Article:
con·vey·an·cing n: the act or business of drawing up conveyances (as deeds or leases)con·vey·an·cer n
Merriam-Webster’s Dictionary of Law. Merriam-Webster. 1996.
the practice (some would say art) of transferring ownership in property. In some cases the law takes care of the transfer – this is so in many everyday transactions for the sale of goods where the property is transferred according to the Sale of Goods Act if the parties have not sought to regulate matters for themselves. In many other cases difficult issues usually involve the writing of some instrument. Thus, some incorporeal moveables have to be transferred by assignation, and real or heritable property may often have to be conveyed by a formal written document, usually one recorded in a register.In England and Scotland the conveyancing of land is largely the domain of solicitors, although often members of the bar specialise in resolving problems that are contractual or relate to land law. In both jurisdictions there are practices that grow up to facilitate what is often, but not always, a piece of non-contentious business – it is this practical part of the business that conveyancers consider their art.In England there is a body of people who are licensed conveyancers but not solicitors or barristers. The same system exists in Scotland, but the necessary regulatory body was only recently activated, so conveyancing is still done at the time of writing by solicitors.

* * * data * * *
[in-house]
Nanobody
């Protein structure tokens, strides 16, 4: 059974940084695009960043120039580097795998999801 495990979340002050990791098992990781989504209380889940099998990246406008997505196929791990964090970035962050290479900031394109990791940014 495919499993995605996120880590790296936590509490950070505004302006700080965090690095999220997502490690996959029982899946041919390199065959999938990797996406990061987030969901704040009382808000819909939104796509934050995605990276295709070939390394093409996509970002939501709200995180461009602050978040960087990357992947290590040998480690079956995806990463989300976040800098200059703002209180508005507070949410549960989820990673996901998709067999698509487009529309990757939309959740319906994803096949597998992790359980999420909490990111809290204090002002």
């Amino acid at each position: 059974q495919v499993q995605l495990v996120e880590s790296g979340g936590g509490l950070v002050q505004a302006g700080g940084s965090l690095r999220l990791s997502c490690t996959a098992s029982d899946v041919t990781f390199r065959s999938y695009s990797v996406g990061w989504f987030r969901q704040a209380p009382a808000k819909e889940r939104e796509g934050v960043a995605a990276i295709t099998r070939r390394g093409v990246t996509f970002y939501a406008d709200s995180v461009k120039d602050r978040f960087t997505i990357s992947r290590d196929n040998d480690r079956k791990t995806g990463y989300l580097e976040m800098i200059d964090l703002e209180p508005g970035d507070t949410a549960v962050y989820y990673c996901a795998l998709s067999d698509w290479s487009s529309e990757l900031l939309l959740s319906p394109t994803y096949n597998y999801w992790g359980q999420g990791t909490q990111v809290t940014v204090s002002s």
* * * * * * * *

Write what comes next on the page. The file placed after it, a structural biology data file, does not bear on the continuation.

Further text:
Collins dictionary of law. W. J. Stewart. 2001.